-CONFIG_ACPI_HOTPLUG_CPU enables ACPI support for physical add/remove of CPUs.
-
-Q: How do i logically offline a CPU?
-A: Do the following.
-
- #echo 0 > /sys/devices/system/cpu/cpuX/online
-
-Once the logical offline is successful, check
-
- #cat /proc/interrupts
-
-You should now not see the CPU that you removed. Also online file will report
-the state as 0 when a cpu if offline and 1 when its online.
-
- #To display the current cpu state.
- #cat /sys/devices/system/cpu/cpuX/online
-
-Q: Why can't i remove CPU0 on some systems?
-A: Some architectures may have some special dependency on a certain CPU.
-
-For e.g in IA64 platforms we have ability to sent platform interrupts to the
-OS. a.k.a Corrected Platform Error Interrupts (CPEI). In current ACPI
-specifications, we didn't have a way to change the target CPU. Hence if the
-current ACPI version doesn't support such re-direction, we disable that CPU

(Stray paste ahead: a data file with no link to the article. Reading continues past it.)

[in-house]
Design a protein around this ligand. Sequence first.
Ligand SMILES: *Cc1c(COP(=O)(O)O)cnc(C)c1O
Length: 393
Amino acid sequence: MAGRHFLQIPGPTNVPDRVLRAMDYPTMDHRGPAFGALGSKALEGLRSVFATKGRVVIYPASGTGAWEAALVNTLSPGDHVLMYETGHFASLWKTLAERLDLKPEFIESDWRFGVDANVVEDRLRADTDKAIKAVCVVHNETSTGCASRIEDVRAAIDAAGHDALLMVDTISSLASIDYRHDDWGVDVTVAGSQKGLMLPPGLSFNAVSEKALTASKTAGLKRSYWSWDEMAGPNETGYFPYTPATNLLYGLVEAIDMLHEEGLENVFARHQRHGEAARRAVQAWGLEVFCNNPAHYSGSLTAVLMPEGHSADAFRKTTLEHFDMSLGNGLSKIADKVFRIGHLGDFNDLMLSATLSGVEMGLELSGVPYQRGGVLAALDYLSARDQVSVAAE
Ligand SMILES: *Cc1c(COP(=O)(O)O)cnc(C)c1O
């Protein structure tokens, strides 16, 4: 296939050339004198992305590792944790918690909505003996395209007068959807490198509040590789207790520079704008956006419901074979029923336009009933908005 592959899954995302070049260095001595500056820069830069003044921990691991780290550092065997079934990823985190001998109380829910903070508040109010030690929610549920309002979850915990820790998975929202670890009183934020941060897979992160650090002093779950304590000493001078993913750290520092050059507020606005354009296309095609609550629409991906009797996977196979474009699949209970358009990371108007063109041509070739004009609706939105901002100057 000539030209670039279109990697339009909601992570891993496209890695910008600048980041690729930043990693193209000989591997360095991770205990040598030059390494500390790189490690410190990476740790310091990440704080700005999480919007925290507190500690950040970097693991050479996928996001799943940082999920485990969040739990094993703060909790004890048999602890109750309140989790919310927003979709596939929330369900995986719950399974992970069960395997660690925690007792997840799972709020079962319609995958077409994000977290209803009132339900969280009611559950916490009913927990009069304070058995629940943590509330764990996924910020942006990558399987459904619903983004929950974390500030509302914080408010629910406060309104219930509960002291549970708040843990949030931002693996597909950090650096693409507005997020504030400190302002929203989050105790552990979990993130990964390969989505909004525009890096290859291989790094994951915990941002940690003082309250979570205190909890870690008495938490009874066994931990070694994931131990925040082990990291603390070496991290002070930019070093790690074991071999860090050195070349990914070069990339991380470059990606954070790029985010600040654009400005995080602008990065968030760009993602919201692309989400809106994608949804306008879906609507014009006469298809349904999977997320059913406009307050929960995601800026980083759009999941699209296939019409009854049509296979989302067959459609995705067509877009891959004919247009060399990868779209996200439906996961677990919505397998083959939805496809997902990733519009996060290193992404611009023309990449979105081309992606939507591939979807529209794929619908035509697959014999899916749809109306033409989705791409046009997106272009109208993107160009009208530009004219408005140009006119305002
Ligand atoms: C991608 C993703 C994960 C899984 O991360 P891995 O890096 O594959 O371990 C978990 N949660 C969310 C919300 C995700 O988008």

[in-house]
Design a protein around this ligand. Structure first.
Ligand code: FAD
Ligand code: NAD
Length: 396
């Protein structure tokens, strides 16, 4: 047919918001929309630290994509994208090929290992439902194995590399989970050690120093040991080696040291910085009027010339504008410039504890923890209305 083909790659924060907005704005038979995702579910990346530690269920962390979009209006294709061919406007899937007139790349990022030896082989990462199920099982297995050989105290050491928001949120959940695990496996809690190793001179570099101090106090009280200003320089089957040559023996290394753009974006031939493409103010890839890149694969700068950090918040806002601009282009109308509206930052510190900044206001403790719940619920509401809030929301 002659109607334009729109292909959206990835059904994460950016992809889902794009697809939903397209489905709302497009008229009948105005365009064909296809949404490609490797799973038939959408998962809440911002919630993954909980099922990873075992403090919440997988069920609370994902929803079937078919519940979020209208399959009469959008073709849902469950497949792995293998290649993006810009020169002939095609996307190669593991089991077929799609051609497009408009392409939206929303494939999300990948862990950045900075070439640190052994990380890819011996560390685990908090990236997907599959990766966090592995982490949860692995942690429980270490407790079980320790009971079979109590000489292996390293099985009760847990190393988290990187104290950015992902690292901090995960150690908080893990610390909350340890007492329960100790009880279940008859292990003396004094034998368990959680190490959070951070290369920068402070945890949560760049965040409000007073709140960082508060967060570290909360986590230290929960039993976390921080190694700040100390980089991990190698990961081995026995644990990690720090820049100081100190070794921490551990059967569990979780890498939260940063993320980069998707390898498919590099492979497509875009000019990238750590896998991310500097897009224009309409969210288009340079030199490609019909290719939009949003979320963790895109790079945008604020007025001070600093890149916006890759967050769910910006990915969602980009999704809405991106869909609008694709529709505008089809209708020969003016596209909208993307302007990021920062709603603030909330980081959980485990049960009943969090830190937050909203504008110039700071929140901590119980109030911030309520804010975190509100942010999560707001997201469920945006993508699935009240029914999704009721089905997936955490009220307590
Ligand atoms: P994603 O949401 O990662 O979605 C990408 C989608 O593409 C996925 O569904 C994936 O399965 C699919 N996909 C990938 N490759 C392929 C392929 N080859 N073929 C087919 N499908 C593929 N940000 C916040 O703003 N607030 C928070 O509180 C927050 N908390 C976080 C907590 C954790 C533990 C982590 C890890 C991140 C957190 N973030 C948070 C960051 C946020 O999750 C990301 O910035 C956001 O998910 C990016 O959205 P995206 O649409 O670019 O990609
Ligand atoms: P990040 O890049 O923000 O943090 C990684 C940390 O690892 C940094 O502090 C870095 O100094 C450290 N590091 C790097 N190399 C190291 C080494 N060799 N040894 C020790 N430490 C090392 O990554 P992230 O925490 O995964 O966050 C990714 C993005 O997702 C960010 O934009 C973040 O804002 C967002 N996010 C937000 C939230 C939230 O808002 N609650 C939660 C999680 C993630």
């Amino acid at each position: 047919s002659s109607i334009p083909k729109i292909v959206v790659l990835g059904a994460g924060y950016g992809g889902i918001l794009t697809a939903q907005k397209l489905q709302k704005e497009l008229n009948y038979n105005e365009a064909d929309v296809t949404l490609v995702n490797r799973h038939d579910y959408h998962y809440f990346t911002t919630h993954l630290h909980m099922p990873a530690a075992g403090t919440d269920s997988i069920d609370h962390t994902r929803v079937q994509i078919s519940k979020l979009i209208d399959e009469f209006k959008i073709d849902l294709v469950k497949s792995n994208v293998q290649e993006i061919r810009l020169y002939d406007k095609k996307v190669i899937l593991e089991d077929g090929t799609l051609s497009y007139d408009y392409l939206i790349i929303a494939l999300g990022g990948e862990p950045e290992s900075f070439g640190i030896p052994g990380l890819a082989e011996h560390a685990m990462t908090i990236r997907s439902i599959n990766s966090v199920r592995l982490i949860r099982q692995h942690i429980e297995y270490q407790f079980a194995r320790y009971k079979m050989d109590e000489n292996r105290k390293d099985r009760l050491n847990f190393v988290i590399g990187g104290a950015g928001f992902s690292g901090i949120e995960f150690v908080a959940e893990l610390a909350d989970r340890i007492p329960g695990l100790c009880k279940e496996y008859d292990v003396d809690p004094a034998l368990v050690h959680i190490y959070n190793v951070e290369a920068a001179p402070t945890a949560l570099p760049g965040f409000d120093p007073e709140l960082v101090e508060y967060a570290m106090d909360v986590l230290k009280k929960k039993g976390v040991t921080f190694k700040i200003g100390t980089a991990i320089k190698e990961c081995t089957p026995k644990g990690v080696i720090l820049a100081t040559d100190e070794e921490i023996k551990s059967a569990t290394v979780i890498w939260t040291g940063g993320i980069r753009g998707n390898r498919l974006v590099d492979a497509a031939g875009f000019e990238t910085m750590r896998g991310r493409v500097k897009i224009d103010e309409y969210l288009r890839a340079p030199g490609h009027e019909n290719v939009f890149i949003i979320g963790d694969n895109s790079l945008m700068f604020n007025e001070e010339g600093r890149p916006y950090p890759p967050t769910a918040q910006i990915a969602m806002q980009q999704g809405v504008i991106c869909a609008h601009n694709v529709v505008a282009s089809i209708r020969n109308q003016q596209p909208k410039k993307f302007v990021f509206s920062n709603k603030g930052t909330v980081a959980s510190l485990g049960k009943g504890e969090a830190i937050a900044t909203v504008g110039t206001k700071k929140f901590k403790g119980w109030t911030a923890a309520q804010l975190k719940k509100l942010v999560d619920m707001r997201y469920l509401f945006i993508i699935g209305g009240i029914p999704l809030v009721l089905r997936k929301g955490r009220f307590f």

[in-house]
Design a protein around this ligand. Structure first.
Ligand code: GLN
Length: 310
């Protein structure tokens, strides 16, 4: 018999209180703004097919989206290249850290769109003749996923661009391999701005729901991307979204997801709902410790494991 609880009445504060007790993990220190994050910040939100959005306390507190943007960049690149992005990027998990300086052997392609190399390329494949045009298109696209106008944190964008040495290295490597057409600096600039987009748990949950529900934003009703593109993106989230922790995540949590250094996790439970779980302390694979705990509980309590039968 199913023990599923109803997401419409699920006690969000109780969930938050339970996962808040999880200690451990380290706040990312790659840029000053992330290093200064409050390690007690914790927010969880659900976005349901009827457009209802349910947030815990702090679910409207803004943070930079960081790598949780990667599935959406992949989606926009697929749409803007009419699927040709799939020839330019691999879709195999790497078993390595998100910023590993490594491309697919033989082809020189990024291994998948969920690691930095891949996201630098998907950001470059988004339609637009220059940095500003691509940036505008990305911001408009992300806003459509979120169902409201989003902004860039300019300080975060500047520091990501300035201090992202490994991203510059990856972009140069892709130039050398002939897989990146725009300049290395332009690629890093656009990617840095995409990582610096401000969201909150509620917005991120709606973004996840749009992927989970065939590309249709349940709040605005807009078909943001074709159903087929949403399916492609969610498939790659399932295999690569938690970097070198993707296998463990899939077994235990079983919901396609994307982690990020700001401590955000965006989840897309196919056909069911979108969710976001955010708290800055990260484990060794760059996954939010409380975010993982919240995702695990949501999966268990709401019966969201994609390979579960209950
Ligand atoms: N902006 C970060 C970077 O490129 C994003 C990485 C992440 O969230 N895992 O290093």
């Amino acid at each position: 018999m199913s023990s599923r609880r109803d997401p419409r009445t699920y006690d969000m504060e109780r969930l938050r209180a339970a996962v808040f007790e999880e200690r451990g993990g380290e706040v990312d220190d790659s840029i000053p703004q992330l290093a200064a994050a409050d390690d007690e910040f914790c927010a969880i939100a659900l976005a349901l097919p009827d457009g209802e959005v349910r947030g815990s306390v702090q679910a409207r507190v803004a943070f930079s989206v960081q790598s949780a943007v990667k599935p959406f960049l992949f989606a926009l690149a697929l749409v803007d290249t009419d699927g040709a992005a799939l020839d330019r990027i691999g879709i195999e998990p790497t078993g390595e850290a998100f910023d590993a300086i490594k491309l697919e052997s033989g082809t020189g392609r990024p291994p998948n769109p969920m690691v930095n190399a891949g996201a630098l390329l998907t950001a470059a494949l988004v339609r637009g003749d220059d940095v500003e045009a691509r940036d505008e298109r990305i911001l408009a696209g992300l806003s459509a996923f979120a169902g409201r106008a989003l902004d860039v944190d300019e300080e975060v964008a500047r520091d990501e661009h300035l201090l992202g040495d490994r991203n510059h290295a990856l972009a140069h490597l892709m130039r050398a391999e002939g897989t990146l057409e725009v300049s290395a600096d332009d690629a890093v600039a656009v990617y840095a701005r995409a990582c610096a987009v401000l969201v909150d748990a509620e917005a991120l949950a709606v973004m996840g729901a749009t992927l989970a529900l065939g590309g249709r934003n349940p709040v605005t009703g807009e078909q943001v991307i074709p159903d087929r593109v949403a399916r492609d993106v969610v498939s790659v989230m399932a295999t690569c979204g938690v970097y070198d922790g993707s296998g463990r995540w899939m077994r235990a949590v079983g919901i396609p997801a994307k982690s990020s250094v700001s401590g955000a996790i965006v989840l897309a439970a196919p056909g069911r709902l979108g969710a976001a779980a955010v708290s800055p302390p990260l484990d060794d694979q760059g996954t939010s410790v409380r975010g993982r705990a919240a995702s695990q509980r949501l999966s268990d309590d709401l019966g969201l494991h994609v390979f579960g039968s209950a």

-by making it not-removable.
-
-In such cases you will also notice that the online file is missing under cpu0.
-
-Q: How do i find out if a particular CPU is not removable?
-A: Depending on the implementation, some architectures may show this by the
-absence of the "online" file. This is done if it can be determined ahead of
-time that this CPU cannot be removed.
-
-In some situations, this can be a run time check, i.e if you try to remove the
-last CPU, this will not be permitted. You can find such failures by
-investigating the return value of the "echo" command.
-
-Q: What happens when a CPU is being logically offlined?
-A: The following happen, listed in no particular order :-)
-
-- A notification is sent to in-kernel registered modules by sending an event
- CPU_DOWN_PREPARE or CPU_DOWN_PREPARE_FROZEN, depending on whether or not the
- CPU is being offlined while tasks are frozen due to a suspend operation in
- progress
-- All processes are migrated away from this outgoing CPU to new CPUs.
- The new CPU is chosen from each process' current cpuset, which may be
- a subset of all online CPUs.
-- All interrupts targeted to this CPU is migrated to a new CPU
-- timers/bottom half/task lets are also migrated to a new CPU
-- Once all services are migrated, kernel calls an arch specific routine
- __cpu_disable() to perform arch specific cleanup.
-- Once this is successful, an event for successful cleanup is sent by an event
- CPU_DEAD (or CPU_DEAD_FROZEN if tasks are frozen due to a suspend while the
- CPU is being offlined).
-